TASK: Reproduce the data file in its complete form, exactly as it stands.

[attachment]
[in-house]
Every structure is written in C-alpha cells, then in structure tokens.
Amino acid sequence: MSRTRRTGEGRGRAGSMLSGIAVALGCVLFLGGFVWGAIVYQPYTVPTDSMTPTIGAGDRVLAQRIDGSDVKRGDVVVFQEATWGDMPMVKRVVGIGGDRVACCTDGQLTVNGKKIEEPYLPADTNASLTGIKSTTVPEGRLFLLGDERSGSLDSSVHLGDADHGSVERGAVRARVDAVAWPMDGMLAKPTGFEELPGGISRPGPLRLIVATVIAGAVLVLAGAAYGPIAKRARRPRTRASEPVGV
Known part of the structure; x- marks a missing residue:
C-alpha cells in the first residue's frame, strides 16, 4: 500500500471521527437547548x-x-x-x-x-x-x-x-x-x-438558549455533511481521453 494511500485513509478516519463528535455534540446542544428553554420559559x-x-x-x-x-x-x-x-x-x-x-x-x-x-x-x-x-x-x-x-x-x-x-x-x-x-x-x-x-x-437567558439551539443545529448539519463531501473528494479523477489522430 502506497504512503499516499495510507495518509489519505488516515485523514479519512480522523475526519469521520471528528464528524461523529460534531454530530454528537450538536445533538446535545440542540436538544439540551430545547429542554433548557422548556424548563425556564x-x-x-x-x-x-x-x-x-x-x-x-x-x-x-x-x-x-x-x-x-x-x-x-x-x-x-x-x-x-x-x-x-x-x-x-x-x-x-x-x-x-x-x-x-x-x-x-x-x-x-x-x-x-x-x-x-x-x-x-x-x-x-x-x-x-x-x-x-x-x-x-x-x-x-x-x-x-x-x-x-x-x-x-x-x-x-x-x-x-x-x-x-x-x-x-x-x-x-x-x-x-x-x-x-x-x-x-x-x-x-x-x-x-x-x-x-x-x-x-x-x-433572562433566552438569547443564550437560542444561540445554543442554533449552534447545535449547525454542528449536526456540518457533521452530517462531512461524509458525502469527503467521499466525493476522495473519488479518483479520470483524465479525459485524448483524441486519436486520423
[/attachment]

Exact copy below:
[in-house]
Every structure is written in C-alpha cells, then in structure tokens.
Amino acid sequence: MSRTRRTGEGRGRAGSMLSGIAVALGCVLFLGGFVWGAIVYQPYTVPTDSMTPTIGAGDRVLAQRIDGSDVKRGDVVVFQEATWGDMPMVKRVVGIGGDRVACCTDGQLTVNGKKIEEPYLPADTNASLTGIKSTTVPEGRLFLLGDERSGSLDSSVHLGDADHGSVERGAVRARVDAVAWPMDGMLAKPTGFEELPGGISRPGPLRLIVATVIAGAVLVLAGAAYGPIAKRARRPRTRASEPVGV
Known part of the structure; x- marks a missing residue:
C-alpha cells in the first residue's frame, strides 16, 4: 500500500471521527437547548x-x-x-x-x-x-x-x-x-x-438558549455533511481521453 494511500485513509478516519463528535455534540446542544428553554420559559x-x-x-x-x-x-x-x-x-x-x-x-x-x-x-x-x-x-x-x-x-x-x-x-x-x-x-x-x-x-437567558439551539443545529448539519463531501473528494479523477489522430 502506497504512503499516499495510507495518509489519505488516515485523514479519512480522523475526519469521520471528528464528524461523529460534531454530530454528537450538536445533538446535545440542540436538544439540551430545547429542554433548557422548556424548563425556564x-x-x-x-x-x-x-x-x-x-x-x-x-x-x-x-x-x-x-x-x-x-x-x-x-x-x-x-x-x-x-x-x-x-x-x-x-x-x-x-x-x-x-x-x-x-x-x-x-x-x-x-x-x-x-x-x-x-x-x-x-x-x-x-x-x-x-x-x-x-x-x-x-x-x-x-x-x-x-x-x-x-x-x-x-x-x-x-x-x-x-x-x-x-x-x-x-x-x-x-x-x-x-x-x-x-x-x-x-x-x-x-x-x-x-x-x-x-x-x-x-x-433572562433566552438569547443564550437560542444561540445554543442554533449552534447545535449547525454542528449536526456540518457533521452530517462531512461524509458525502469527503467521499466525493476522495473519488479518483479520470483524465479525459485524448483524441486519436486520423